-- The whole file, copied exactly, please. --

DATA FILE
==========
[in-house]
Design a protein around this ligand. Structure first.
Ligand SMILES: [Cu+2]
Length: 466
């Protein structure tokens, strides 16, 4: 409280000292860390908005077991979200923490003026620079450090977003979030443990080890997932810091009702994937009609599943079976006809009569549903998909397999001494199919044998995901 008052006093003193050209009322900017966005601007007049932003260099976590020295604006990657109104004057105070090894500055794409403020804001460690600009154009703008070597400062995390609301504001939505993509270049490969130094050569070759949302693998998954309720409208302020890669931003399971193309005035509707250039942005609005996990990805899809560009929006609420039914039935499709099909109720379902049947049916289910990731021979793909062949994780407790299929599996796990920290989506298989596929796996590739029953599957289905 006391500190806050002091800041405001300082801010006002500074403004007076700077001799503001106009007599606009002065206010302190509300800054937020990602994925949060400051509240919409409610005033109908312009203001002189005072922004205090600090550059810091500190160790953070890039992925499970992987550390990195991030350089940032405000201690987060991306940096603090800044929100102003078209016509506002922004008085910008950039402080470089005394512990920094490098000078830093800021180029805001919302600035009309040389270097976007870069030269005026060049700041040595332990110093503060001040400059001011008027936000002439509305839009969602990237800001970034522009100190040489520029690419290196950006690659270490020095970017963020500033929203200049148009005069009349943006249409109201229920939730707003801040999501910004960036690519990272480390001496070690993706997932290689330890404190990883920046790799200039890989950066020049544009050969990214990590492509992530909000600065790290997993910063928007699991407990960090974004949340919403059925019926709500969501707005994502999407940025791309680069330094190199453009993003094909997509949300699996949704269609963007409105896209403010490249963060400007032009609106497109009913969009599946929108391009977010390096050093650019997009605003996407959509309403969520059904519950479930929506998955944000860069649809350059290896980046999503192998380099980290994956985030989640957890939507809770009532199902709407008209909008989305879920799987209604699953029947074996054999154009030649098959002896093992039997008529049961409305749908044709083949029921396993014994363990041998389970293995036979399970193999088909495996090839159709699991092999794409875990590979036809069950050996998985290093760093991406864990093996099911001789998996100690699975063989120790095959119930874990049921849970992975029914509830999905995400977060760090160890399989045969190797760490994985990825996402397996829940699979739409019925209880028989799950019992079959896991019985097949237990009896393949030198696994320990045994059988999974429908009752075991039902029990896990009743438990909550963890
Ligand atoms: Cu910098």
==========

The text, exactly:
[in-house]
Design a protein around this ligand. Structure first.
Ligand SMILES: [Cu+2]
Length: 466
């Protein structure tokens, strides 16, 4: 409280000292860390908005077991979200923490003026620079450090977003979030443990080890997932810091009702994937009609599943079976006809009569549903998909397999001494199919044998995901 008052006093003193050209009322900017966005601007007049932003260099976590020295604006990657109104004057105070090894500055794409403020804001460690600009154009703008070597400062995390609301504001939505993509270049490969130094050569070759949302693998998954309720409208302020890669931003399971193309005035509707250039942005609005996990990805899809560009929006609420039914039935499709099909109720379902049947049916289910990731021979793909062949994780407790299929599996796990920290989506298989596929796996590739029953599957289905 006391500190806050002091800041405001300082801010006002500074403004007076700077001799503001106009007599606009002065206010302190509300800054937020990602994925949060400051509240919409409610005033109908312009203001002189005072922004205090600090550059810091500190160790953070890039992925499970992987550390990195991030350089940032405000201690987060991306940096603090800044929100102003078209016509506002922004008085910008950039402080470089005394512990920094490098000078830093800021180029805001919302600035009309040389270097976007870069030269005026060049700041040595332990110093503060001040400059001011008027936000002439509305839009969602990237800001970034522009100190040489520029690419290196950006690659270490020095970017963020500033929203200049148009005069009349943006249409109201229920939730707003801040999501910004960036690519990272480390001496070690993706997932290689330890404190990883920046790799200039890989950066020049544009050969990214990590492509992530909000600065790290997993910063928007699991407990960090974004949340919403059925019926709500969501707005994502999407940025791309680069330094190199453009993003094909997509949300699996949704269609963007409105896209403010490249963060400007032009609106497109009913969009599946929108391009977010390096050093650019997009605003996407959509309403969520059904519950479930929506998955944000860069649809350059290896980046999503192998380099980290994956985030989640957890939507809770009532199902709407008209909008989305879920799987209604699953029947074996054999154009030649098959002896093992039997008529049961409305749908044709083949029921396993014994363990041998389970293995036979399970193999088909495996090839159709699991092999794409875990590979036809069950050996998985290093760093991406864990093996099911001789998996100690699975063989120790095959119930874990049921849970992975029914509830999905995400977060760090160890399989045969190797760490994985990825996402397996829940699979739409019925209880028989799950019992079959896991019985097949237990009896393949030198696994320990045994059988999974429908009752075991039902029990896990009743438990909550963890
Ligand atoms: Cu910098």